I added the keyboard split function to try to get more realistic sounds by having cellos separated from violins. So good keyboardists could properly perform orchestral counterpoint and chord voicings. Most of the early string synthesizers were not providing split keyboards, so violin and cello voicings just got mushed together as a "layer" rather than as a "split".
The multifunction sustain jacks can be used with either foot switches, volume pedals, or control voltage inputs for maximum versatility either in the studio or for simpler stage setups. I was always pushing for putting more things under remote or voltage control, and still look for maximum variability and external control for anything I use in the studio. So these multifunctional interfaces were something I had put on the Phlanger, and developed the idea a bit further for this machine.
Another function lacking from most string synths was a decent lush stereo output. You always had to run string synths through external chorusing or phasing to get the stereo field of motion effect. So, from the beginning, I had a plan for adding a second chorusing board to the Stringz which would allow stereo output as a design function. Due to the expense of the delay lines, we made the stereo output optional as the 1551 kit. Unfortunately, most users didn't install the 1551, so most Stringz still existing out there today don't have that option. But it allowed 2 output modes. One created a stereo field from the split switch on the front panel. The other sent cellos to one side and violins to the other (without loss of control of the front panel blend control). All in all, a very flexible stereo generating arrangement, and still my favorite mode of operation for Stringz.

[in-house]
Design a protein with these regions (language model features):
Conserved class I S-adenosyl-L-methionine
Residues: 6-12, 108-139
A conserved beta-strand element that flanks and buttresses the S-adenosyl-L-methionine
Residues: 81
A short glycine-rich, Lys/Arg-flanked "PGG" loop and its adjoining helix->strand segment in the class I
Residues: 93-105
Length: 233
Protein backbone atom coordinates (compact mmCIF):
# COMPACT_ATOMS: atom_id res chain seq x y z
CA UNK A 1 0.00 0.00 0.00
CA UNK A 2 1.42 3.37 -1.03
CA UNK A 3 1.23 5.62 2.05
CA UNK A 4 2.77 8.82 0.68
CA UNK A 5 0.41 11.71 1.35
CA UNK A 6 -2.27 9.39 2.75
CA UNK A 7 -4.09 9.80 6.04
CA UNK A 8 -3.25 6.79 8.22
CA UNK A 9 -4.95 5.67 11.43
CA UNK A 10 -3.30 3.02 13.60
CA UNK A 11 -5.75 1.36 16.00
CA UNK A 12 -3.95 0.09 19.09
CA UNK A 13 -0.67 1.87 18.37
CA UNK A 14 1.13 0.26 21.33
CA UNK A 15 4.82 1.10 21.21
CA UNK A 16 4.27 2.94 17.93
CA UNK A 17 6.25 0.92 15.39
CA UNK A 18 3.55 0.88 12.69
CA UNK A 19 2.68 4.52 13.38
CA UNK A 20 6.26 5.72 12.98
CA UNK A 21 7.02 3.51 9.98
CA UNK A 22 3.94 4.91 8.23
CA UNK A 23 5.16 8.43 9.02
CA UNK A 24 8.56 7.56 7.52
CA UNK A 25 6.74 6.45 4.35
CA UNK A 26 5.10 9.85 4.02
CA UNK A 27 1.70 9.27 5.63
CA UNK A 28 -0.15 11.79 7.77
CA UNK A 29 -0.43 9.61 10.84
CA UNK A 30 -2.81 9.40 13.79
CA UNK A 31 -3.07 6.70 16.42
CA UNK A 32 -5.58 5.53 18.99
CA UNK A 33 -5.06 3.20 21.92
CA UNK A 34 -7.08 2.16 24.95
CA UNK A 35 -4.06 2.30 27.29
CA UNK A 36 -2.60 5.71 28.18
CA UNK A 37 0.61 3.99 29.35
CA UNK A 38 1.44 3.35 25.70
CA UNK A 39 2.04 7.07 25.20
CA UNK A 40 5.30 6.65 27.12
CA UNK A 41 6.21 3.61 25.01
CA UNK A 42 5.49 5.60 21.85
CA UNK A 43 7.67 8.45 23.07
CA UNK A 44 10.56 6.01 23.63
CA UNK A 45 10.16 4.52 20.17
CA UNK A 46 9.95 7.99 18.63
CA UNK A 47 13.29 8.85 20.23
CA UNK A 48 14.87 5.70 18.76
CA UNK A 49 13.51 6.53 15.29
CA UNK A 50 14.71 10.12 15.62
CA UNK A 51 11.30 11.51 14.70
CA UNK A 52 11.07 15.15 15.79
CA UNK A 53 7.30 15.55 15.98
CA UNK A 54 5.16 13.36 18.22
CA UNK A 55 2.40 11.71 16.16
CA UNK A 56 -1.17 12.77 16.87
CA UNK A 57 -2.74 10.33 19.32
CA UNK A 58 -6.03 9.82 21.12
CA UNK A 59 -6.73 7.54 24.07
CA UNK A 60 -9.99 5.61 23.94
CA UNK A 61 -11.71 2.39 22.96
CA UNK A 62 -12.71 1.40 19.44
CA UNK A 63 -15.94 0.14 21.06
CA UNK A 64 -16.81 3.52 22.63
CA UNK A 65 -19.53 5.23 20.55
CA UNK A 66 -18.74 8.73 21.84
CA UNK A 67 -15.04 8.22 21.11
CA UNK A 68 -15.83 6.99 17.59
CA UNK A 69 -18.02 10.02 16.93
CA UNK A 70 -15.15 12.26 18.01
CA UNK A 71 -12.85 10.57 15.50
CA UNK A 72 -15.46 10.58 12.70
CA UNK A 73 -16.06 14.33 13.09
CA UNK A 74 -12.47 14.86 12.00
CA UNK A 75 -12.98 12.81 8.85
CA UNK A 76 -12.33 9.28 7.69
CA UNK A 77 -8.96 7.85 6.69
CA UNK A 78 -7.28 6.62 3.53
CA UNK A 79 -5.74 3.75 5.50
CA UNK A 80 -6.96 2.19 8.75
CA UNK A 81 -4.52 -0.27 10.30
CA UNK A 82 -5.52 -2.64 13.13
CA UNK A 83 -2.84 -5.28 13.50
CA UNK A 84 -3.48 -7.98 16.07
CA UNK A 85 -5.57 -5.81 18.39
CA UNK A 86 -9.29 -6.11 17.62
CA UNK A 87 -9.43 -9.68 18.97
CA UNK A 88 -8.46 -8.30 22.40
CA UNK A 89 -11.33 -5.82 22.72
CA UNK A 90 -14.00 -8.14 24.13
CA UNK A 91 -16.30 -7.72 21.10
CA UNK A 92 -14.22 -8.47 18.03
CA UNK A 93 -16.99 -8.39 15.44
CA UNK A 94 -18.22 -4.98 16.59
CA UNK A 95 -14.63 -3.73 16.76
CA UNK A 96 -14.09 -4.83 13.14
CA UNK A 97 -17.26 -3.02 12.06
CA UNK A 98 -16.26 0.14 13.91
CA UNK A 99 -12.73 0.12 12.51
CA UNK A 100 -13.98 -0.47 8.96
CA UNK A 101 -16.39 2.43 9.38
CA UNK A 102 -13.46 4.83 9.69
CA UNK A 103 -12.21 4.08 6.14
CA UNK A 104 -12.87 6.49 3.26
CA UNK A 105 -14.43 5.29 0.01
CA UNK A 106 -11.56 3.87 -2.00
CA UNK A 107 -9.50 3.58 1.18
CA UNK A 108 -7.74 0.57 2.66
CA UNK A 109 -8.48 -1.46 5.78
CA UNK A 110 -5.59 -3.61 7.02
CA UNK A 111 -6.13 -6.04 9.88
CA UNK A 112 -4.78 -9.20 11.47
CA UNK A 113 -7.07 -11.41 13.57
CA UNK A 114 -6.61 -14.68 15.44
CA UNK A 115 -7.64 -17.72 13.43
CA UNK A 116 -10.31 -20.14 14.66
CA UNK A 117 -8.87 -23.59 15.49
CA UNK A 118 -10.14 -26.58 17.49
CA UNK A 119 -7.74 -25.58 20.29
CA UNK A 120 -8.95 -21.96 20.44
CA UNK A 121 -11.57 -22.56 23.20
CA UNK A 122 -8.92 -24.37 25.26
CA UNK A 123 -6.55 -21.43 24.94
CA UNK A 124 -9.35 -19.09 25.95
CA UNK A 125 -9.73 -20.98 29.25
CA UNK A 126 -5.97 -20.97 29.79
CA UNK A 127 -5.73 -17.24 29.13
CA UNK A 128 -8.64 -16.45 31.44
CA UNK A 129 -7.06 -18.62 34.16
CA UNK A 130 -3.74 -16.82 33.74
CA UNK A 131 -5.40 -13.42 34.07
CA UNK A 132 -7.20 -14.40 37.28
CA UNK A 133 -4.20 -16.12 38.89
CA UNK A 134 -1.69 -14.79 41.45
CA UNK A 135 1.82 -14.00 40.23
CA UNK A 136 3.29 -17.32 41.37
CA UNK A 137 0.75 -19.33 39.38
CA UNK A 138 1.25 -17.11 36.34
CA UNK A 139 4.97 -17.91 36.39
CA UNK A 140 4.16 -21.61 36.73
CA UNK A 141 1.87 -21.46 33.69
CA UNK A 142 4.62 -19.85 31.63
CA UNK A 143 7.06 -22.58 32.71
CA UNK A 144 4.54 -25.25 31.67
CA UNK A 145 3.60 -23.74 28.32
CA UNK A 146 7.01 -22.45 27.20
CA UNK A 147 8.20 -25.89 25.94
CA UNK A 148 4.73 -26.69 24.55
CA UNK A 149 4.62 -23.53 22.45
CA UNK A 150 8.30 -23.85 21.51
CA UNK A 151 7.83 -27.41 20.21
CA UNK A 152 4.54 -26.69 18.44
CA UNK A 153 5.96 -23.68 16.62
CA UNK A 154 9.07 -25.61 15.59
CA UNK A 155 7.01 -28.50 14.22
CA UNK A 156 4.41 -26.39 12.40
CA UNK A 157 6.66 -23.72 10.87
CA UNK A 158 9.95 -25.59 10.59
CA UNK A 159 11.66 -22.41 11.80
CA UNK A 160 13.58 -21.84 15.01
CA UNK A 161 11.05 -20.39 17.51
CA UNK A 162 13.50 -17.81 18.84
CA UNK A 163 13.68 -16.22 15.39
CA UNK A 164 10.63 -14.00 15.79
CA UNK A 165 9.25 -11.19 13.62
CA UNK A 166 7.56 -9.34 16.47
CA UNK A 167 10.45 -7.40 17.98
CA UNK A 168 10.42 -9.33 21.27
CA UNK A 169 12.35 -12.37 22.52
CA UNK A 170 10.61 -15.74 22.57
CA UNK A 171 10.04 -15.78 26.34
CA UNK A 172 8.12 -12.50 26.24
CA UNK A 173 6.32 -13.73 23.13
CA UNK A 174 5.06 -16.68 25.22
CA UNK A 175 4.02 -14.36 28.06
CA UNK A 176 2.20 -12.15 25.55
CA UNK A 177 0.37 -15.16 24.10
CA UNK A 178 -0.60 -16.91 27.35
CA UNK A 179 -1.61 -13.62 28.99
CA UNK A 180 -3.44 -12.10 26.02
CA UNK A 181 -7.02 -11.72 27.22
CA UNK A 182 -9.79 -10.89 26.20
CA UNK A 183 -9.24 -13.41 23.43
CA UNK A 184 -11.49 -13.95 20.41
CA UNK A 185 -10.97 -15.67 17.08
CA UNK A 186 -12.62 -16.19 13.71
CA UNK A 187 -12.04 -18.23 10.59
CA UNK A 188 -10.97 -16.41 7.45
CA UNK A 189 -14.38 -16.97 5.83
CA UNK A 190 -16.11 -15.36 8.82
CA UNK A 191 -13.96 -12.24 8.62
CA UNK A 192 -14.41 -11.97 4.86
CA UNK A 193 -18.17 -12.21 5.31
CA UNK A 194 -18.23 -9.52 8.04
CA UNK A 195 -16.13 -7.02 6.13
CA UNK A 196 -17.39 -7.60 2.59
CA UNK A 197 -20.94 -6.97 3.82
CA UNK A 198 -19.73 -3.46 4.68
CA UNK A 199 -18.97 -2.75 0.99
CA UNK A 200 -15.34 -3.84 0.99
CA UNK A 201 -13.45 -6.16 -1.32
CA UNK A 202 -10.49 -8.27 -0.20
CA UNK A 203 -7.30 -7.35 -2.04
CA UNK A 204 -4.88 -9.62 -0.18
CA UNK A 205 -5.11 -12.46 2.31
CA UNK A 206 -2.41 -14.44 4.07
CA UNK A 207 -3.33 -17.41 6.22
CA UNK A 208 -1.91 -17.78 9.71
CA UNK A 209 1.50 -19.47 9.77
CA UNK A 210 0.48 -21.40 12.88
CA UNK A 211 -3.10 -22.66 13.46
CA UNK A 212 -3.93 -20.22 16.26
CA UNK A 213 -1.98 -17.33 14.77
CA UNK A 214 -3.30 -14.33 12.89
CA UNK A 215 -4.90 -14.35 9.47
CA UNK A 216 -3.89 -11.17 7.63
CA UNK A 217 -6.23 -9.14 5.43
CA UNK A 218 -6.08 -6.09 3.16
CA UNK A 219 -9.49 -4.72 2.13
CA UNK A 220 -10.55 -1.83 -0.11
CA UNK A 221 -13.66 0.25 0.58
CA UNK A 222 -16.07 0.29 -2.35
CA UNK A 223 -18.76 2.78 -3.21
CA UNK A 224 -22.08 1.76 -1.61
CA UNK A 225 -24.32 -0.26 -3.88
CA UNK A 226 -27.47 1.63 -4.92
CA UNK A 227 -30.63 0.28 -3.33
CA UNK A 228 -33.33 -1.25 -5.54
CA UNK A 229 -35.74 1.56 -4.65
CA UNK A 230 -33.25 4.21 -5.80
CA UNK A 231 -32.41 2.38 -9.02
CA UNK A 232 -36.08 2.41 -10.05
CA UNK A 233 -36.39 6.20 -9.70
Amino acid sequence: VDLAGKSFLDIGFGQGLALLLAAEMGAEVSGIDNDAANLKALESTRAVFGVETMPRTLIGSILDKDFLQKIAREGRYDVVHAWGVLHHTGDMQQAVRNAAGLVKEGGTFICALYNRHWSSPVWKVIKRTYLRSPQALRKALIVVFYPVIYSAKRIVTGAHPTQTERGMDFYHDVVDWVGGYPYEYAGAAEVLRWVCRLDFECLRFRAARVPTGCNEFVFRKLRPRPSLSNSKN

Below is the front panel of Stringz, showing some of these features:
At the time Stringz was put into production, it was the largest kit ever produced by Paia. The circuit boards were larger. And there were more of them. And the parts count was huge. But many of them were low cost devices like signal diodes and CMOS logic chips, so the price didn't skyrocket as a result. And this was one of the first products to be made available assembled, because we knew many music stores and musicians would be interested in such a product. From that point onward, Paia started offering more of their products assembled, because Stringz drew attention from music stores worldwide. This was also the first product to use the larger 8 X 11 manual format, right after Paia bought the new larger printing press.
So, I feel honored that so many paradigms were broken for Paia through the release of Stringz.
PDFs of the 1550 and 1551 Users Manuals are available in my Paia Documents archive here.
The Radio Electronics cover feature for Stringz is available in my Publications archive here.
A simple demo of the 1550 while working the controls is here. (MP3 - 3 Meg)
A couple of great hacker sites with Stringz related mods and expansions -
MarkW in St. Louis built a combined Stringz and Organtua with common keying - here
Stefan Vorkoetter in Canada built an expanded Stringz with 44 notes, flute voices, and more processing - here